While market integration typically depends on the level of technology and infrastructure, economists have shown that borders affect prices and trade flows (p.117). Administrative borders are strongly trade diverting but what about other types of borders such as the ethno-linguistic ones? The authors study the Austro-Hungarian Empire as it represents a rather unique example of multi-ethnic polity not divided by national borders (p.118).
Borders before the borders
They use the evidence provided by the grain prices in 20 cities of the Empire between the 1870s and 1914. The censuses undertaken every decade account for the composition of these urban centres’ population linguistic composition (p.123). It comes out that, while over the whole empire during the period grain prices did converge, they did so much faster between cities that would belong to the same country after 1918. In other words “integration became progressively asymmetric since the mid 1880s” (p.124).
Surprisingly, a border effect is observable even before the establishment of administrative borders. Noticeably, this factor cannot be observed before the 1880s (p.126). This effect cannot either be explained by geographical distance (which influence on grain price decreases over the period; p.127). On the other hand, infrastructures were particularly improved along the lines of the future post-1918 national borders, but this factor only had a marginal impact on grain price. In the same way, physical geography (e.g. Carpathian Mountains), did not significantly affect trade (p.128). Finally, the degree of integration with neighbouring countries (Germany, Russia) did not have a sizeable impact either (p.129).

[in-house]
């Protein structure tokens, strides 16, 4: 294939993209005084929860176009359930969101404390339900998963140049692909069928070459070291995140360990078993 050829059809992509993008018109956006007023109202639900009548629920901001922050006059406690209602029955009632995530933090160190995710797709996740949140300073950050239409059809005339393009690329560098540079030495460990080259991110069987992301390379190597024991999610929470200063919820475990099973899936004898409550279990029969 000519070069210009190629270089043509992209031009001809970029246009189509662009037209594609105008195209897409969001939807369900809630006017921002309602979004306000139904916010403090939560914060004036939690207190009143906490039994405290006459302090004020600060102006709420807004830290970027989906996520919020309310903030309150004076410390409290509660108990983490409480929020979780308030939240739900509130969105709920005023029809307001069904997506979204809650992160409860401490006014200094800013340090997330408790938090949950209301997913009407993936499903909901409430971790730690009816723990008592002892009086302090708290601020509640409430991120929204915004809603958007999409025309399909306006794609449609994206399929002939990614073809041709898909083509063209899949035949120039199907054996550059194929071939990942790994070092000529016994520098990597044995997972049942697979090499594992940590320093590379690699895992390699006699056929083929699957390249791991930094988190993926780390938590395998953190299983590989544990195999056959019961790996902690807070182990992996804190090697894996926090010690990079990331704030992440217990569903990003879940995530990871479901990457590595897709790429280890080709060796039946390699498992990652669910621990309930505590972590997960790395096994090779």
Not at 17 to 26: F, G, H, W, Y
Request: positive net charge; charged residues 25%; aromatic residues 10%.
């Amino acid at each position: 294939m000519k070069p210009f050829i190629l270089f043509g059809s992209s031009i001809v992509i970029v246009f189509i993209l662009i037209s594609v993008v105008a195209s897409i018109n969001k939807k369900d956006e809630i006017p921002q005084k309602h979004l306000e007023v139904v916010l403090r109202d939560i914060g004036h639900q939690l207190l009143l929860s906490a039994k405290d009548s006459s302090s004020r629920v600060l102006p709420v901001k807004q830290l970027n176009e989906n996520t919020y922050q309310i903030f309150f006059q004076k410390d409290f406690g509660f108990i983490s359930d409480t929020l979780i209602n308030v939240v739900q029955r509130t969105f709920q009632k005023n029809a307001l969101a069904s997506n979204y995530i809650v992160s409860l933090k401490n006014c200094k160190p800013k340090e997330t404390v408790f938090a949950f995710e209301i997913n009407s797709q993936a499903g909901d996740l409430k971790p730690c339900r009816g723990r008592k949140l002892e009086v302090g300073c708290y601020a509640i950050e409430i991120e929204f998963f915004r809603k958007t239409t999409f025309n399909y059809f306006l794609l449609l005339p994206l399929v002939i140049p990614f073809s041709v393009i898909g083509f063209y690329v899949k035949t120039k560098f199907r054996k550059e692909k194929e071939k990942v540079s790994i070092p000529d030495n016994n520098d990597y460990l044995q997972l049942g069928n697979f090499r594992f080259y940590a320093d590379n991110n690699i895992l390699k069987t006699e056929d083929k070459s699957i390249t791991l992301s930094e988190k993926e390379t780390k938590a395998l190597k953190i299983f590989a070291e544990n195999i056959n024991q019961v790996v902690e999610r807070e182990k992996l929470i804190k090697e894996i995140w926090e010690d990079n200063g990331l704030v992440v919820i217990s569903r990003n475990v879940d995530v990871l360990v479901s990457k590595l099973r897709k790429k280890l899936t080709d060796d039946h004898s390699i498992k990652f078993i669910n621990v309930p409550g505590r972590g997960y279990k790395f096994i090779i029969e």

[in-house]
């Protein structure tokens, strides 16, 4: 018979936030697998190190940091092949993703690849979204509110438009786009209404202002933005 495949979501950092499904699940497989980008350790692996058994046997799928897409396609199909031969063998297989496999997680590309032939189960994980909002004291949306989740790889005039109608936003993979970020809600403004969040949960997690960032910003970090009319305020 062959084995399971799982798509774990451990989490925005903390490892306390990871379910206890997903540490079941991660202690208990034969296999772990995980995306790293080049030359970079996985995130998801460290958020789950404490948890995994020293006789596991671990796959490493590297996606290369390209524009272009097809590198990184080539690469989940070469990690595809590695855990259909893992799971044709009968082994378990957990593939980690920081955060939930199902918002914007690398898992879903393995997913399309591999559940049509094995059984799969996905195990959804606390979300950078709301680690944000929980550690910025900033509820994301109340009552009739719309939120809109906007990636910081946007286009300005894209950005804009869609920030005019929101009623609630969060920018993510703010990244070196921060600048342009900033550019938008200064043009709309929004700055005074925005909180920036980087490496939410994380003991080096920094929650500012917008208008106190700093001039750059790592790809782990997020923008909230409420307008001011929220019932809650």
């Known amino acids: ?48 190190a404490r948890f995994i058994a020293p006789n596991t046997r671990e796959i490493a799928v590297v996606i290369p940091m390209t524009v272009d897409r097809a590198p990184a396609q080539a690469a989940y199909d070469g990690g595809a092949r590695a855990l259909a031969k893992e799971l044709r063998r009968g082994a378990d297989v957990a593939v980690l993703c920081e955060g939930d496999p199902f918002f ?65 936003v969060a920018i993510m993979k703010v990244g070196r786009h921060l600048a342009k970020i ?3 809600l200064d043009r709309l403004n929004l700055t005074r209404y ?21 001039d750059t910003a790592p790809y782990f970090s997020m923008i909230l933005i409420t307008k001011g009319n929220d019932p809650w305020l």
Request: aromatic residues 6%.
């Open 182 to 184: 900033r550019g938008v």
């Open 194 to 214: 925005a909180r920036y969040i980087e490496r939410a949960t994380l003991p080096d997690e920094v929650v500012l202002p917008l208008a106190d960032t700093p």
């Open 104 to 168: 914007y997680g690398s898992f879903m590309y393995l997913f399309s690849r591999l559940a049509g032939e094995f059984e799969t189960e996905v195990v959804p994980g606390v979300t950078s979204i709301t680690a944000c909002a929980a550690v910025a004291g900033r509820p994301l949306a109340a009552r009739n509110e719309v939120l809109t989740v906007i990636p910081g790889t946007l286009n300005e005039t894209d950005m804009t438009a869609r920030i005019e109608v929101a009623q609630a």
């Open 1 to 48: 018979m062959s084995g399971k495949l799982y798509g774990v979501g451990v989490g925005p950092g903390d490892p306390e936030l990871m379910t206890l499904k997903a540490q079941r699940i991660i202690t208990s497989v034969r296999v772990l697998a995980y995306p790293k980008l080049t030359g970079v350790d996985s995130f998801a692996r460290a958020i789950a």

“Overall, we conclude that ethno-linguistic network […] probably almost fully explain the emergence of border effects along the future political borders across the Habsburg Empire. […] To put a number on that effect […] doubling the ‘matching probability’ between any two cities in the sample reduces the price dispersion between them by more than a 50% reduction in the railway distance between the two cities” (p.130). According to the authors, the mutually excluding process going along nation-building originated such trend (p.132), language barriers as such don’t qualify as a cause since it can’t explain the increase of the border effect. Economic proto-nationalism explains the bias observed above in market integration within the Empire (p.133).
Ethno-linguistic barriers thus took over transport cost as the major cause of dividedness in the Empire, it is only when the possibility to integrate arises that the refusal thereof really matters. On the other hand, the post-1918 partition of the Empire appears less arbitrary than previously assumed, and the new administrative barriers may have had less of a negative impact as well since trade-diverting line existed before hand (p.134).